The majority decision in Obergefell was grounded upon the 14th Amendment to the US Constitution which prohibits any State from, among other things, denying any citizen within the State’s jurisdiction equal protection under the laws. Justice Kennedy described marriage as “rising from the most basic human needs” and as “essential to our [humanity’s] most profound hopes and aspirations”. Denying same-sex couples equality in marriage was to “…impose stigma and injury of the kind prohibited by [the US’] basic charter.”

While the effect of Obergefell was to immediately give same-sex marriages equal recognition under the law in each state, the dissenting opinions and immediate reaction from opponents of same-sex marriage indicates that there remains substantial political opposition to same-sex marriage in the US. It remains to be seen whether the decision in Obergefell, will mark a shift by the general population towards a greater acceptance of the notion that both heterosexual and homosexual couples are entitled to marriage equality.

While a Canadian reader may view Obergefell with a view that perhaps our southern neighbours are behind the times, we must recall that Canadian views and laws concerning same-sex couples were only relatively recently shifted in favour of equality. The national legalization of same-sex marriage celebrates its 10 year anniversary in July, 2015.

Until legislative amendments brought into force in 1969 were adopted, homosexuality remained a criminal act in Canada. Even once homosexuality was decriminalized, homosexual relationships were not afforded equal protection under the law and it wasn’t until much later that the Courts began to recognize that same-sex couples were entitled to equal marriage rights.

Like the US, legalization and recognition of same-sex marriages in Canada was incremental. On June 10, 2003 Ontario was the first province to legalize same-sex marriages on the basis of s. 15(1) of the Charter in Halpern v. Canada (Attorney General). Halpern in effect made Ontario the third jurisdiction in the world to grant such rights to its same-sex couples. BC’s Court of Appeal followed shortly after on July 8, 2003 when the Court lifted a stay on an earlier decision it made in Barbeau v. British Columbia (AG) which also granted equal rights to same-sex couples on the basis of s. 15 of the Charter.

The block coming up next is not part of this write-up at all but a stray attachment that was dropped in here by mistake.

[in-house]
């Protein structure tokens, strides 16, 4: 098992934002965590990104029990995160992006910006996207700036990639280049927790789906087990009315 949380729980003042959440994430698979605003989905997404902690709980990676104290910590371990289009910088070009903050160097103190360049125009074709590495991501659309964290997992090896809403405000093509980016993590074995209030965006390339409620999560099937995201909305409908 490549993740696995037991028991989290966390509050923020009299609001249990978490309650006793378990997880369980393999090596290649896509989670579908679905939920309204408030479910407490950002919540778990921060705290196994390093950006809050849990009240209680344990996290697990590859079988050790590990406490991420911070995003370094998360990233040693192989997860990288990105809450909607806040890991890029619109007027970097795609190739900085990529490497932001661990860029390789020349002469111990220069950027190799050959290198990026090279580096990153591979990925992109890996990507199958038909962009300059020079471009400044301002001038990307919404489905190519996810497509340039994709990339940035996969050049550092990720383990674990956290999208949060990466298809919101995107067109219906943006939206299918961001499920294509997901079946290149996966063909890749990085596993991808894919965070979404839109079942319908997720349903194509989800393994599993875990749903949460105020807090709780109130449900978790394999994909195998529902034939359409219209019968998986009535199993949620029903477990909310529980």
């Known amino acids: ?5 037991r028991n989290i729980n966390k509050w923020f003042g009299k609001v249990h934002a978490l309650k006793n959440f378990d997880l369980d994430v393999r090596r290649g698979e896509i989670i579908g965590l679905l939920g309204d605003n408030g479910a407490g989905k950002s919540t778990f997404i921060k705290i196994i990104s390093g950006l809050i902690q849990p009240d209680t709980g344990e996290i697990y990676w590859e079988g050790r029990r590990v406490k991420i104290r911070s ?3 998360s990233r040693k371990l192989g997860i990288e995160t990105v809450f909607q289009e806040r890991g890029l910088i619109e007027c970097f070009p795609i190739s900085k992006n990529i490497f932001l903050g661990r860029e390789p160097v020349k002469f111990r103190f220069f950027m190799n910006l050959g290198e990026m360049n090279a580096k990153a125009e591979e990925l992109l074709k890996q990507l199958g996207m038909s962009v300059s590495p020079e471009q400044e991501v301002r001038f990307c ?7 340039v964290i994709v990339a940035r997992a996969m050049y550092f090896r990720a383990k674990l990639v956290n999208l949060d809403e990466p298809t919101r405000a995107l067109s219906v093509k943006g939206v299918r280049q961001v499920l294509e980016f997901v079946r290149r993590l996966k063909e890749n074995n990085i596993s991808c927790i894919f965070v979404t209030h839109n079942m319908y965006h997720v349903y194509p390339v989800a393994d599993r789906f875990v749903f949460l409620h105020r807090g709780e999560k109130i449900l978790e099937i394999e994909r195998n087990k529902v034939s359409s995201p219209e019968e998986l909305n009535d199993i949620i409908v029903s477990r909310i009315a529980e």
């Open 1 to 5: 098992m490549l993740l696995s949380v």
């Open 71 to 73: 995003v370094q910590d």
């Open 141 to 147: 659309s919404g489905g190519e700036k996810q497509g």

Following Halpern and Barbeau, provincial and territorial courts across Canada began to consistently recognize same-sex marriages and reaffirm that same-sex couples were entitled to equal rights and protection under the Charter. The issue of whether the federal government could give national recognition to same-sex marriage rights in Canada was determined through a reference to the Supreme Court which affirmed the federal government’s jurisdiction to redefine marriage to include same-sex couples. With the blessing of the Supreme Court, the federal government tabled and passed the Civil Marriage Act on July 20, 2005. In its preamble, the Civil Marriage Act, among other things, recognized that allowing same-sex marriages reflected the values of tolerance, respect and equality expressed in the Charter.

Although the newly-elected Conservative government did attempt to re-open the same-sex marriage debate upon its taking power in 2006, the motion was defeated and Canada has since largely come to embrace same-sex marriage as part of its cultural identity.

Obergefell and the Civil Marriage Act are illustrative of how substantial shifts in the law may follow a series of more subtle shifts in the public zeitgeist and legal landscape of a country. Precedent requires the Courts to acknowledge and honour previous decisions other Courts have made ; however, this obligation is balanced by the Courts’ recognition that the law must be permitted to incrementally shift to align itself with the changing values of the public and to to ensure equal protection to all citizens. On occasion, such as with Obergefell, a Court can find itself positioned to take a great leap forward and recognize a plea for equality that long fell on deaf ears. Pioneering decisions like Obergefell inevitably lead to tensions and hearted political and personal debates which call upon citizens to reflect on what rights and privileges they enjoy and to examine whether their neighbours are afforded those same rights and privileges.